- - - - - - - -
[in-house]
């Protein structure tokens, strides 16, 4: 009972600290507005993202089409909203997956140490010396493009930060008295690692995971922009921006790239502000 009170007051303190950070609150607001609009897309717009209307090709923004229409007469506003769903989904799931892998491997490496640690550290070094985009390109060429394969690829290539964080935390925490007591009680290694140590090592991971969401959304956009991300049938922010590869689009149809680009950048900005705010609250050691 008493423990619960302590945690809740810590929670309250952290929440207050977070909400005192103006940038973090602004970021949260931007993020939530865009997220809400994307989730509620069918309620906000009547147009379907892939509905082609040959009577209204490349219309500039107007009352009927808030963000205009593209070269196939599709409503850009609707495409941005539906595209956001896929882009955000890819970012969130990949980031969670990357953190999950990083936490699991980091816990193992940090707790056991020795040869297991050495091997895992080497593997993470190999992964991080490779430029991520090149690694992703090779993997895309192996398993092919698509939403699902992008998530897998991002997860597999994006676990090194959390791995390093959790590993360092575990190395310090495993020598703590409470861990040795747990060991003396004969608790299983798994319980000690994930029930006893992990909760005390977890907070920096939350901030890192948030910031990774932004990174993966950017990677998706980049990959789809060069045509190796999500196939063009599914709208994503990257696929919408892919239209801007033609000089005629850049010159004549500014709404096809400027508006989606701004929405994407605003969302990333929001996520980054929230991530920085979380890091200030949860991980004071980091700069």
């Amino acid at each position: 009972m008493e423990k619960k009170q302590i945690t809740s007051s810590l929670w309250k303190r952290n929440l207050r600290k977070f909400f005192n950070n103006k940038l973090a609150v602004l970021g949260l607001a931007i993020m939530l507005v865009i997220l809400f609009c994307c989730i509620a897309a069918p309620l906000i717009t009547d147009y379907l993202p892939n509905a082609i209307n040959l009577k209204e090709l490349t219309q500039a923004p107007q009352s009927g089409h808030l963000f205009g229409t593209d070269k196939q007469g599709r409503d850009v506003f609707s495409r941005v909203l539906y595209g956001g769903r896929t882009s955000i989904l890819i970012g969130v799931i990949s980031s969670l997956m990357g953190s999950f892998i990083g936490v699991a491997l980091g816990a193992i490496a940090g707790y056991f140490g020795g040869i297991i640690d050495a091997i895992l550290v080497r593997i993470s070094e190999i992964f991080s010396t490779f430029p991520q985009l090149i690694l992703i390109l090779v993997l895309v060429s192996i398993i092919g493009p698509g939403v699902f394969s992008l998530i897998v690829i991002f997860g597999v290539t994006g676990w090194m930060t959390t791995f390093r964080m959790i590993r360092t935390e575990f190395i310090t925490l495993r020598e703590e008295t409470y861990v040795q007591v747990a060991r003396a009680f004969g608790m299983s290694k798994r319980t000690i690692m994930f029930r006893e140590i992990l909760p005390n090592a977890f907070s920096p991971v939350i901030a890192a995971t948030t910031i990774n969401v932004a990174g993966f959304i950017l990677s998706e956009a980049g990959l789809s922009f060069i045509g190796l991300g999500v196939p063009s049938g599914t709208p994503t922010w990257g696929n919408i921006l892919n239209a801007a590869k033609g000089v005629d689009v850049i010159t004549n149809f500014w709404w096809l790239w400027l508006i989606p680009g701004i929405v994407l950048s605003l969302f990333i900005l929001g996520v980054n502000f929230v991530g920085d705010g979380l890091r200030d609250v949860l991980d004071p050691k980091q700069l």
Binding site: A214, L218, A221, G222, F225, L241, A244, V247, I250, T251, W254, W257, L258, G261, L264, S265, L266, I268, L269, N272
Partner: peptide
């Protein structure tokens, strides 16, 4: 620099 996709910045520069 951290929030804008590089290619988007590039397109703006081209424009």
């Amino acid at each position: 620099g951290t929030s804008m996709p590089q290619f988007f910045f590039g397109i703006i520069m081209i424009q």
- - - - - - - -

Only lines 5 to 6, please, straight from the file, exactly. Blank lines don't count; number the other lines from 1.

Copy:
Partner: peptide
């Protein structure tokens, strides 16, 4: 620099 996709910045520069 951290929030804008590089290619988007590039397109703006081209424009």